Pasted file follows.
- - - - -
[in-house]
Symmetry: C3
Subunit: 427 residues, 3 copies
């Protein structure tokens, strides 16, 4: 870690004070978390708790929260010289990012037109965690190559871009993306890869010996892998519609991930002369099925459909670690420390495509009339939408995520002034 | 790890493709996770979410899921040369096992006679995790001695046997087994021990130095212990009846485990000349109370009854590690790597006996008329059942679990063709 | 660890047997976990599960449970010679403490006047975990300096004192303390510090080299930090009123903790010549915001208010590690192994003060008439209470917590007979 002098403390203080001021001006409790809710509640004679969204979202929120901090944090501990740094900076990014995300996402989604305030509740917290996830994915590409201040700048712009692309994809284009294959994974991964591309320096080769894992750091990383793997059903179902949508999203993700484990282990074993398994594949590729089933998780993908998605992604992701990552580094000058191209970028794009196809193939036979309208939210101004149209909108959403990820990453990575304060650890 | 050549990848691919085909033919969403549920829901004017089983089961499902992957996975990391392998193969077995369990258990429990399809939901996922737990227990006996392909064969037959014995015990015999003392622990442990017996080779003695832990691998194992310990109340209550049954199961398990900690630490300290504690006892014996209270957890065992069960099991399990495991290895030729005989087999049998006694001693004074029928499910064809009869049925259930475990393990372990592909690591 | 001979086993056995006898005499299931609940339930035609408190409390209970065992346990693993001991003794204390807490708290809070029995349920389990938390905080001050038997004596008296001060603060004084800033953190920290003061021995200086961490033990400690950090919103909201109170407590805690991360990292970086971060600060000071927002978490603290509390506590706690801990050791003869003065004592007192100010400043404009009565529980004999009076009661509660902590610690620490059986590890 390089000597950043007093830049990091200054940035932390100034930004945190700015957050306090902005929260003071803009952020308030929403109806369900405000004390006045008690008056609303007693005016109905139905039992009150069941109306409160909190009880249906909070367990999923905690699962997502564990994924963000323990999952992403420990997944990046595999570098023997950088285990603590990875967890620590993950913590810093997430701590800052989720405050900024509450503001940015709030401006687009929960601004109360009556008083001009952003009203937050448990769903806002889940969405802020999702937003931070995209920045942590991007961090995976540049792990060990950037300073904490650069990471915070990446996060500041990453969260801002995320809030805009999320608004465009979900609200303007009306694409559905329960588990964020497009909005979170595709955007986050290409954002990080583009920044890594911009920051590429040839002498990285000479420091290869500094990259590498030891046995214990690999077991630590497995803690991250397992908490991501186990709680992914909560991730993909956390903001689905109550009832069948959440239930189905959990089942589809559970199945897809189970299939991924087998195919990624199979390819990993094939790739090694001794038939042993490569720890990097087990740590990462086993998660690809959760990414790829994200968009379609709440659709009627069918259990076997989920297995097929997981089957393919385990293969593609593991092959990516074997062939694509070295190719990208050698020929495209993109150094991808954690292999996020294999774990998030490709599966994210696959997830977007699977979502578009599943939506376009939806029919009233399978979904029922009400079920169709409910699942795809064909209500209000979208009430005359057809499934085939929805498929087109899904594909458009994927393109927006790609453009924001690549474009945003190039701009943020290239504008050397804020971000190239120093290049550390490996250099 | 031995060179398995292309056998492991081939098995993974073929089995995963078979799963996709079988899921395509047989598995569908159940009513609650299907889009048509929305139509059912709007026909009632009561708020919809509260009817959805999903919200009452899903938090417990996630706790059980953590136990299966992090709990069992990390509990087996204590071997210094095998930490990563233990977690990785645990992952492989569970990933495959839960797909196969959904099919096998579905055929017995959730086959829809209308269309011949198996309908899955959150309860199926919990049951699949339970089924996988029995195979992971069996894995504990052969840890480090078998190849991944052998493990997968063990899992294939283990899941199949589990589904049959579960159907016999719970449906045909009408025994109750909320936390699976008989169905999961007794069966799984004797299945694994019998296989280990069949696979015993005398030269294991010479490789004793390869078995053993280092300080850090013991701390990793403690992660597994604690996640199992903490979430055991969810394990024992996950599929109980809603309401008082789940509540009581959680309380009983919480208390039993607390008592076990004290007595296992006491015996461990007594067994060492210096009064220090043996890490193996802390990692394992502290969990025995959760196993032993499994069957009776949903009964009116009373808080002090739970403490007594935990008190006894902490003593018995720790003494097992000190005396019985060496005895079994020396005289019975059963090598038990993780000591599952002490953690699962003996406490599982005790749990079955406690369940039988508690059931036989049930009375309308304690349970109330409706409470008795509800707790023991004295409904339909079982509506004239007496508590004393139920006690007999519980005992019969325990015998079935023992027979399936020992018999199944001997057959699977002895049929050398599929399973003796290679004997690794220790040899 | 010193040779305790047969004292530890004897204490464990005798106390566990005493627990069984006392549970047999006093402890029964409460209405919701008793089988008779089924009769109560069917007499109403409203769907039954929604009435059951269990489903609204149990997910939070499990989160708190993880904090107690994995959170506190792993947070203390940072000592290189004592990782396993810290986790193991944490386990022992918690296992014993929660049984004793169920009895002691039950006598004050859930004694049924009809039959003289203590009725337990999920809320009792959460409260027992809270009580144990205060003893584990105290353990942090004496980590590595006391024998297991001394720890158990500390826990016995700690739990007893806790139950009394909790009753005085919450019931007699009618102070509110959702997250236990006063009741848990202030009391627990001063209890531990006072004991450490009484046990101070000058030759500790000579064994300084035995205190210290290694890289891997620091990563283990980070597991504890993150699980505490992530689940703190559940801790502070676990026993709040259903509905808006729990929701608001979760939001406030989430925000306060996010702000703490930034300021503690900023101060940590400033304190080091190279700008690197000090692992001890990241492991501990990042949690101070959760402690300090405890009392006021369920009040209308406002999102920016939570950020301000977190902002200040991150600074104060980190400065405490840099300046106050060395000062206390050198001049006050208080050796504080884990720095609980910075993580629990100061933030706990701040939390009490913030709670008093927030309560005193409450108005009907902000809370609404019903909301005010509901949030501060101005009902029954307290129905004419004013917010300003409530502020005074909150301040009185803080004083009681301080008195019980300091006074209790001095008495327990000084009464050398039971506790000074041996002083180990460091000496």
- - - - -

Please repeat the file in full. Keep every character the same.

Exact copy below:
[in-house]
Symmetry: C3
Subunit: 427 residues, 3 copies
């Protein structure tokens, strides 16, 4: 870690004070978390708790929260010289990012037109965690190559871009993306890869010996892998519609991930002369099925459909670690420390495509009339939408995520002034 | 790890493709996770979410899921040369096992006679995790001695046997087994021990130095212990009846485990000349109370009854590690790597006996008329059942679990063709 | 660890047997976990599960449970010679403490006047975990300096004192303390510090080299930090009123903790010549915001208010590690192994003060008439209470917590007979 002098403390203080001021001006409790809710509640004679969204979202929120901090944090501990740094900076990014995300996402989604305030509740917290996830994915590409201040700048712009692309994809284009294959994974991964591309320096080769894992750091990383793997059903179902949508999203993700484990282990074993398994594949590729089933998780993908998605992604992701990552580094000058191209970028794009196809193939036979309208939210101004149209909108959403990820990453990575304060650890 | 050549990848691919085909033919969403549920829901004017089983089961499902992957996975990391392998193969077995369990258990429990399809939901996922737990227990006996392909064969037959014995015990015999003392622990442990017996080779003695832990691998194992310990109340209550049954199961398990900690630490300290504690006892014996209270957890065992069960099991399990495991290895030729005989087999049998006694001693004074029928499910064809009869049925259930475990393990372990592909690591 | 001979086993056995006898005499299931609940339930035609408190409390209970065992346990693993001991003794204390807490708290809070029995349920389990938390905080001050038997004596008296001060603060004084800033953190920290003061021995200086961490033990400690950090919103909201109170407590805690991360990292970086971060600060000071927002978490603290509390506590706690801990050791003869003065004592007192100010400043404009009565529980004999009076009661509660902590610690620490059986590890 390089000597950043007093830049990091200054940035932390100034930004945190700015957050306090902005929260003071803009952020308030929403109806369900405000004390006045008690008056609303007693005016109905139905039992009150069941109306409160909190009880249906909070367990999923905690699962997502564990994924963000323990999952992403420990997944990046595999570098023997950088285990603590990875967890620590993950913590810093997430701590800052989720405050900024509450503001940015709030401006687009929960601004109360009556008083001009952003009203937050448990769903806002889940969405802020999702937003931070995209920045942590991007961090995976540049792990060990950037300073904490650069990471915070990446996060500041990453969260801002995320809030805009999320608004465009979900609200303007009306694409559905329960588990964020497009909005979170595709955007986050290409954002990080583009920044890594911009920051590429040839002498990285000479420091290869500094990259590498030891046995214990690999077991630590497995803690991250397992908490991501186990709680992914909560991730993909956390903001689905109550009832069948959440239930189905959990089942589809559970199945897809189970299939991924087998195919990624199979390819990993094939790739090694001794038939042993490569720890990097087990740590990462086993998660690809959760990414790829994200968009379609709440659709009627069918259990076997989920297995097929997981089957393919385990293969593609593991092959990516074997062939694509070295190719990208050698020929495209993109150094991808954690292999996020294999774990998030490709599966994210696959997830977007699977979502578009599943939506376009939806029919009233399978979904029922009400079920169709409910699942795809064909209500209000979208009430005359057809499934085939929805498929087109899904594909458009994927393109927006790609453009924001690549474009945003190039701009943020290239504008050397804020971000190239120093290049550390490996250099 | 031995060179398995292309056998492991081939098995993974073929089995995963078979799963996709079988899921395509047989598995569908159940009513609650299907889009048509929305139509059912709007026909009632009561708020919809509260009817959805999903919200009452899903938090417990996630706790059980953590136990299966992090709990069992990390509990087996204590071997210094095998930490990563233990977690990785645990992952492989569970990933495959839960797909196969959904099919096998579905055929017995959730086959829809209308269309011949198996309908899955959150309860199926919990049951699949339970089924996988029995195979992971069996894995504990052969840890480090078998190849991944052998493990997968063990899992294939283990899941199949589990589904049959579960159907016999719970449906045909009408025994109750909320936390699976008989169905999961007794069966799984004797299945694994019998296989280990069949696979015993005398030269294991010479490789004793390869078995053993280092300080850090013991701390990793403690992660597994604690996640199992903490979430055991969810394990024992996950599929109980809603309401008082789940509540009581959680309380009983919480208390039993607390008592076990004290007595296992006491015996461990007594067994060492210096009064220090043996890490193996802390990692394992502290969990025995959760196993032993499994069957009776949903009964009116009373808080002090739970403490007594935990008190006894902490003593018995720790003494097992000190005396019985060496005895079994020396005289019975059963090598038990993780000591599952002490953690699962003996406490599982005790749990079955406690369940039988508690059931036989049930009375309308304690349970109330409706409470008795509800707790023991004295409904339909079982509506004239007496508590004393139920006690007999519980005992019969325990015998079935023992027979399936020992018999199944001997057959699977002895049929050398599929399973003796290679004997690794220790040899 | 010193040779305790047969004292530890004897204490464990005798106390566990005493627990069984006392549970047999006093402890029964409460209405919701008793089988008779089924009769109560069917007499109403409203769907039954929604009435059951269990489903609204149990997910939070499990989160708190993880904090107690994995959170506190792993947070203390940072000592290189004592990782396993810290986790193991944490386990022992918690296992014993929660049984004793169920009895002691039950006598004050859930004694049924009809039959003289203590009725337990999920809320009792959460409260027992809270009580144990205060003893584990105290353990942090004496980590590595006391024998297991001394720890158990500390826990016995700690739990007893806790139950009394909790009753005085919450019931007699009618102070509110959702997250236990006063009741848990202030009391627990001063209890531990006072004991450490009484046990101070000058030759500790000579064994300084035995205190210290290694890289891997620091990563283990980070597991504890993150699980505490992530689940703190559940801790502070676990026993709040259903509905808006729990929701608001979760939001406030989430925000306060996010702000703490930034300021503690900023101060940590400033304190080091190279700008690197000090692992001890990241492991501990990042949690101070959760402690300090405890009392006021369920009040209308406002999102920016939570950020301000977190902002200040991150600074104060980190400065405490840099300046106050060395000062206390050198001049006050208080050796504080884990720095609980910075993580629990100061933030706990701040939390009490913030709670008093927030309560005193409450108005009907902000809370609404019903909301005010509901949030501060101005009902029954307290129905004419004013917010300003409530502020005074909150301040009185803080004083009681301080008195019980300091006074209790001095008495327990000084009464050398039971506790000074041996002083180990460091000496």